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A user-oriented model of test types

This section has two principal motivations, i.e. (i) to provide a comprehensive and theoretically sound definition of types of test which allow the judgement of the performance of a piece of software as seen from the eyes of the user and (ii) to give some practical advise to all those people who need to assess the quality of a certain piece of software for a particular reason.

Considering both methodological attempts to define software evaluation and practical test reports in the broad software engineering area, one may roughly distinguish between three principal motivations behind testing, i.e.

  1. to assess the appropriateness of a piece of software for every-day work
  2. to examine the behaviour of software under specific conditions
  3. to check the actual functionality of a piece of software

While both software developers and users may share the principal motivation behind testing to a certain extent, it is obvious that the actual testing procedures will differ largely. Despite this and the fact that there is no terminological consensus among leading software engineers (Sneed87), (Musa87), (Hausen84), (Hausen87), (Hausen82), (Hausen87), (Fagan76) and (Howden80), it is necessary that the extensive testing experience of software engineers be considered when developing a model for user-oriented testing, while at the same time introducing new user-oriented testing terminology. The terminology used here partly goes back to (Ahmad93a, 9). Accordingly, the three major test types discussed here will be called scenario tests Scenario Tests, systematic tests Systematic Testing, and feature inspection Feature Inspection.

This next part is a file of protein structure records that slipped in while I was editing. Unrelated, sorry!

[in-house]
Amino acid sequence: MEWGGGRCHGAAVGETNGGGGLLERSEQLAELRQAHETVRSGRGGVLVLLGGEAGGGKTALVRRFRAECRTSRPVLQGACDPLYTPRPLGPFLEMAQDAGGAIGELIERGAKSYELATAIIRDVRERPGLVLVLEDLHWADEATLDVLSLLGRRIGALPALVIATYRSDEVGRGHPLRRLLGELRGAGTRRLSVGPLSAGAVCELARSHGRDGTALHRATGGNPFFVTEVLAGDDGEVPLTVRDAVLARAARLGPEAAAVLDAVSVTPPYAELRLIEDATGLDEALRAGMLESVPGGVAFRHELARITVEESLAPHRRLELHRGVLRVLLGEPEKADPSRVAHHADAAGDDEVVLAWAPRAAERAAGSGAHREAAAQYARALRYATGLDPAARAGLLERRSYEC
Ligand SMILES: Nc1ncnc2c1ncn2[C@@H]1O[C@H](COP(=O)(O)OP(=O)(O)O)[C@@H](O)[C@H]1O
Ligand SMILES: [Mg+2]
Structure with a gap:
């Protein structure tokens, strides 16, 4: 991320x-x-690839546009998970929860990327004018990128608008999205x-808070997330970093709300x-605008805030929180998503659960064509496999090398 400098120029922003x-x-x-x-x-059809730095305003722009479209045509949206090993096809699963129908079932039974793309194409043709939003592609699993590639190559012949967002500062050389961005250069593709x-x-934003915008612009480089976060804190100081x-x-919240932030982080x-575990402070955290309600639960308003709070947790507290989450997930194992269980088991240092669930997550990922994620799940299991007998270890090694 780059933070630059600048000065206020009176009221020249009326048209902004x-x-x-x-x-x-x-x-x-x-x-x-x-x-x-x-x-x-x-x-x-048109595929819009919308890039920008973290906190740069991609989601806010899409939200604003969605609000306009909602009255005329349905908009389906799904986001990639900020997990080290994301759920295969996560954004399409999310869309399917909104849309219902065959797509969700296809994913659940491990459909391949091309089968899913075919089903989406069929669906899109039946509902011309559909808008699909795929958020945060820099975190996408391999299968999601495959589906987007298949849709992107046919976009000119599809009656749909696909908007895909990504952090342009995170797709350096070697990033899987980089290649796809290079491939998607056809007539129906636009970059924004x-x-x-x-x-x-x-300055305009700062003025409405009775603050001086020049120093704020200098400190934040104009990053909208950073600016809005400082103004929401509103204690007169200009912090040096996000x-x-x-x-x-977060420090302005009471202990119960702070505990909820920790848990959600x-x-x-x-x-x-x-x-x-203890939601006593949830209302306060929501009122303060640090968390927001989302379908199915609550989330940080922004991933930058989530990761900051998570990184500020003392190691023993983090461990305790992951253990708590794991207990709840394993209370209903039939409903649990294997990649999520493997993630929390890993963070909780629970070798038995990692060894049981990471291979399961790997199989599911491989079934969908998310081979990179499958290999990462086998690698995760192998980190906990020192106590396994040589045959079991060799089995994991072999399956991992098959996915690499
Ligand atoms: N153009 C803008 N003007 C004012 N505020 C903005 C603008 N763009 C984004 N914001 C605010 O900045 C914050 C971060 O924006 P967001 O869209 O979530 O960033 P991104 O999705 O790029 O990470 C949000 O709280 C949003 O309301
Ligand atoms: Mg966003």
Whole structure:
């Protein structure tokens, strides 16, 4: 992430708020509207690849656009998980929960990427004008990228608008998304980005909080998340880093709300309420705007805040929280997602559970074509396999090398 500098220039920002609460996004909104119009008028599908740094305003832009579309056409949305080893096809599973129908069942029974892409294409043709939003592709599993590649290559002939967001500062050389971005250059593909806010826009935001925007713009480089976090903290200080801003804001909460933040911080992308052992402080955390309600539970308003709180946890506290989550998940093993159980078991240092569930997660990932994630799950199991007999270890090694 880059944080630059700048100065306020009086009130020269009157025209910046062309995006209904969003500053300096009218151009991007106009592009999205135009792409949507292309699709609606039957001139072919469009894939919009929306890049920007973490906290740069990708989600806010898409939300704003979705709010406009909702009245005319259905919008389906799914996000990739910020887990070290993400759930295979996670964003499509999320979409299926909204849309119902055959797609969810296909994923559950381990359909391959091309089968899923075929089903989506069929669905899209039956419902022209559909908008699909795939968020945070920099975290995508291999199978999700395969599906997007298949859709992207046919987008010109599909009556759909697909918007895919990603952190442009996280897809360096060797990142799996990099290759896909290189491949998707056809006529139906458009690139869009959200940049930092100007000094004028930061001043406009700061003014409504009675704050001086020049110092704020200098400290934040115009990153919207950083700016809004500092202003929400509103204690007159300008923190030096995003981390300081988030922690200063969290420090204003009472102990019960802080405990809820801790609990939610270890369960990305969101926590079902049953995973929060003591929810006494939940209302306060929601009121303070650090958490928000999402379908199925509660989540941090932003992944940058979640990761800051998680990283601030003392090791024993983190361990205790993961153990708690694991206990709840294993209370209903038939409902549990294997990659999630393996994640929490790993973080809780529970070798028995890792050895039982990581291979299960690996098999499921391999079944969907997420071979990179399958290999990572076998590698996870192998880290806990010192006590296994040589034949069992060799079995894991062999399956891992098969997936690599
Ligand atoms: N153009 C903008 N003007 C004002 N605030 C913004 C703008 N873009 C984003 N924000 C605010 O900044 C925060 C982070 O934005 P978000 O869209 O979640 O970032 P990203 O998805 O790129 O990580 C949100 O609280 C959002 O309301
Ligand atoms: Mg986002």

Apart from the principal objective of evaluation, the practical choice of test type and instruments to be used depends on various factors such as (i) the testing budget, (ii) the testing environment, i.e. whether a professional testing team or a user company undertakes the software tests; (iii) the availability of evaluation and testing expertise and equipment; (iv) time that is going to be invested in testing; and (v) the availability of users as subjects for tests (Crellin90, 331). In addition to a theoretical definition of the different types of test, the practical guidelines provided will discuss the typical ISO quality characteristics which can be assessed, the (type of) personnel involved, the (type of) instruments employed, the (type of) results achieved and their constraints on objectivity and informativeness.

The following model of test types is meant as a starting point for anyone who has to perform user-oriented software tests. For each practical evaluation scenario with its specific environmental constraints, however, individual decisions have to be made concerning the most appropriate test type(s). For most cases it will become obvious that ``in order to evaluate the usability of a system it is often necessary to use several methods in combination.'' (VainioLarsson90, 324) and (Hausen87, 141).

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Next: Scenario tests Up: Methods for System Measurement Previous: Black box testing